Welcome to Must Read, where we single out the best stories from around the automotive universe and beyond. Today we have reports from Bloomberg Businessweek, The New York Times and The Verge.
American Cities Are Haunted by Too Many Parking Spaces – Bloomberg Businessweek
Now, parking in Cambridge, Mass. isn't a particularly pleasant task, but it can be done and apparently it's not ruining that city. Unlike in Hartford, Conn., where the city actually manages to lose money on parking spaces. Go figure.
A pair of forthcoming studies by (Norman)Garrick and several of his UConn colleagues examine the economic and sociological impacts of parking trends in six U.S. cities from 1960 to 2000. They conclude that some car-centric cities forfeit more than a thousand dollars per parking space per year in potential municipal revenues by using land for parking rather than more lucrative alternatives.
Report Traces Port Authority's Flaws to a Crumbling Business Model – The New York Times
Turns out Bridgegate only highlighted the problems facing the Port Authority. It's basically screwed.
But as the furor over the lane closings has grown, engulfing Mr. Christie and several of his top aides, a review of agency operations suggests that its familiar flaws — mismanagement, patronage, rivalries between the two states — are secondary to a decaying business model, done in by a relentless desire to expand beyond the agency's core transportation functions.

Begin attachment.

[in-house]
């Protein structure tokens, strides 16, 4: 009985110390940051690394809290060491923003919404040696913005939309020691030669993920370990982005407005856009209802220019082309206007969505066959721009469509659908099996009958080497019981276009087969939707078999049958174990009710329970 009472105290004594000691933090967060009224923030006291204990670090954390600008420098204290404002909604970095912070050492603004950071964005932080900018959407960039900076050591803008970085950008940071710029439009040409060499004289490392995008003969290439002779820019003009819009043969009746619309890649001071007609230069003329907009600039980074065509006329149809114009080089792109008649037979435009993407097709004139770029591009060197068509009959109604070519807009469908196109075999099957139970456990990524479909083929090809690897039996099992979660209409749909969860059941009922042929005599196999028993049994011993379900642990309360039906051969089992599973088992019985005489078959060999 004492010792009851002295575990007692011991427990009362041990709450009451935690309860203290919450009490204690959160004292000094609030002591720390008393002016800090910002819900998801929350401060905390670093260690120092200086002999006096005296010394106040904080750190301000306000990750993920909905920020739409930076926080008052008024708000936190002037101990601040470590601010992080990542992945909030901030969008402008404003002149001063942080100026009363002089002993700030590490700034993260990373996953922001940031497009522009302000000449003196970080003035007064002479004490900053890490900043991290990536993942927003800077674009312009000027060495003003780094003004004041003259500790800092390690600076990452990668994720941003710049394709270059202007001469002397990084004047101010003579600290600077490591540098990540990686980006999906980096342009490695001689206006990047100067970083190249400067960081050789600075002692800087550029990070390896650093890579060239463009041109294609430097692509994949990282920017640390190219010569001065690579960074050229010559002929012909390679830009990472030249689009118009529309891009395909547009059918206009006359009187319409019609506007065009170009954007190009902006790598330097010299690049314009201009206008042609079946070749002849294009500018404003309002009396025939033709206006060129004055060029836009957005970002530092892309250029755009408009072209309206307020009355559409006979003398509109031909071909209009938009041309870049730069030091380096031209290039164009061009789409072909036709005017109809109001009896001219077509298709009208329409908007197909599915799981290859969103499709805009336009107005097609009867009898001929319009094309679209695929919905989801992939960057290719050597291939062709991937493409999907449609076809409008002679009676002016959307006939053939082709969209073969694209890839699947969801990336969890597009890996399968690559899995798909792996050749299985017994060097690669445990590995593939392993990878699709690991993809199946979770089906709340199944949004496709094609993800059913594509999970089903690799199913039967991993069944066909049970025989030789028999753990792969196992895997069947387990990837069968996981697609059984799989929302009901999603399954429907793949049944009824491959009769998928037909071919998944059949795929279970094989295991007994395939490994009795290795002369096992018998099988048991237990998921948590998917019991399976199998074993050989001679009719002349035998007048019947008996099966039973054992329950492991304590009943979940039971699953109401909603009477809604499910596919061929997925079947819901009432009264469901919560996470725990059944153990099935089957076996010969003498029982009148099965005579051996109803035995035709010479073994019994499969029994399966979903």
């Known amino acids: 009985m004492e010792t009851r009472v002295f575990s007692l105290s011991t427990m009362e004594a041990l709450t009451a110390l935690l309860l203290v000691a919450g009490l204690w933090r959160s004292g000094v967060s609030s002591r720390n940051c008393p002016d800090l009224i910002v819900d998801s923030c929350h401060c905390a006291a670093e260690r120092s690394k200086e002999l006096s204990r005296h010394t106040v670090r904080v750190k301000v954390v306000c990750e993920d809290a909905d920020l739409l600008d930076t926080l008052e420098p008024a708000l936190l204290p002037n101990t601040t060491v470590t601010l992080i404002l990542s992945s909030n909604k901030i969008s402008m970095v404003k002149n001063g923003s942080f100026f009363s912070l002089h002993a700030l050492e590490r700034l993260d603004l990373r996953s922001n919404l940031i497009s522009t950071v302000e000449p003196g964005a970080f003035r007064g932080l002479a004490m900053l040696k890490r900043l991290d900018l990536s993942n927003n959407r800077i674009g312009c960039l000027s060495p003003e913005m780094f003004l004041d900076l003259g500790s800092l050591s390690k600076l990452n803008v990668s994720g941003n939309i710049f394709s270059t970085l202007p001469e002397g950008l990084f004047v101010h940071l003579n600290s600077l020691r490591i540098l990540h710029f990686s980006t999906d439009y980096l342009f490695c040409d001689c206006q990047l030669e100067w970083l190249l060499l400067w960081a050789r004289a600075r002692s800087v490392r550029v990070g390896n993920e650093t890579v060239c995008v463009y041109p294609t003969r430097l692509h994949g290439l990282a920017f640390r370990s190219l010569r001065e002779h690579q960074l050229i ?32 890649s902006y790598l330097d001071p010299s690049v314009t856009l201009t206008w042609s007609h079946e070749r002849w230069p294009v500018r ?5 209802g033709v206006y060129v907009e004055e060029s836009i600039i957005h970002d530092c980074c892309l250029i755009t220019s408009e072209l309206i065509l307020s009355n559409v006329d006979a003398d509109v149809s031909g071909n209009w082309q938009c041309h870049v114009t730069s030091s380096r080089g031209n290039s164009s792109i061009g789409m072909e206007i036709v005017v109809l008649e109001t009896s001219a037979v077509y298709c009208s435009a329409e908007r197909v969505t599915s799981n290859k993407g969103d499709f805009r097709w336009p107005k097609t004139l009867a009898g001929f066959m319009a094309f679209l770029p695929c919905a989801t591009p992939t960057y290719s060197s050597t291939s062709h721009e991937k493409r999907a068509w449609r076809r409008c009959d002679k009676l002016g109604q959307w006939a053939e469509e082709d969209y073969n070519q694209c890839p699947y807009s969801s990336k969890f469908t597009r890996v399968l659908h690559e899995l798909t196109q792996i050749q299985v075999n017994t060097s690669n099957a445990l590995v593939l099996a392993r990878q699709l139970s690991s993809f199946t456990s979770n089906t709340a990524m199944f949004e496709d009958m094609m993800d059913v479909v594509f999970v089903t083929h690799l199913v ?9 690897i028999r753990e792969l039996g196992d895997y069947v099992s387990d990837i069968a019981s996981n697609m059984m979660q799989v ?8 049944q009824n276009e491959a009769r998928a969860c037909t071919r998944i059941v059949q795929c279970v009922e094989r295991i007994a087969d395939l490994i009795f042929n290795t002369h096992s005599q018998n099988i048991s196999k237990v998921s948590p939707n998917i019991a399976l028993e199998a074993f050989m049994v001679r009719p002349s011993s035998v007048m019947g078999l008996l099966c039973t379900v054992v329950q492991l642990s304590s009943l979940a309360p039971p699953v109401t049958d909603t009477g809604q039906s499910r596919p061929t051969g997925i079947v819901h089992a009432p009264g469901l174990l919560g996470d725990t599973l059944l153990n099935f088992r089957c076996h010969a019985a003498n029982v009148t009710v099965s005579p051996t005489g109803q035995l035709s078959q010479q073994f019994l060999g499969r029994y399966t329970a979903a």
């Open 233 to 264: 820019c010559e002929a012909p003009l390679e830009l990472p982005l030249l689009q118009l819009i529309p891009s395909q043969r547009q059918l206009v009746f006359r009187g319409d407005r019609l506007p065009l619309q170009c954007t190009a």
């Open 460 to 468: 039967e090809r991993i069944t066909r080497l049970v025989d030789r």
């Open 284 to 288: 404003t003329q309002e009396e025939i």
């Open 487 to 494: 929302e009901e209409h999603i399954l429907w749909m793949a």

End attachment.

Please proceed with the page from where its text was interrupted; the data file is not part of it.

In recent decades, according to a new report, the agency has increasingly yielded to governors on fiscally dubious projects, contributing to a need in recent years to seek new revenue from bridge and tunnel toll increases.
So car sharing makes you lose your friends? In a way, yes.
Today, Zipcar — which is still headquartered in Boston — has offices in more than 26 American cities and 860,000 members across the US, Austria, Canada, Spain, and the UK. And the company's profile only grew when car-rental giant Avis bought Zipcar for $491 million in January 2013. But in fact, both founders left the company more than 10 years ago, as power struggles and disputes prevented both Chase and Danielson from seeing their shared vision through. Now 56, Danielson hasn't spoken to Chase in more than a decade.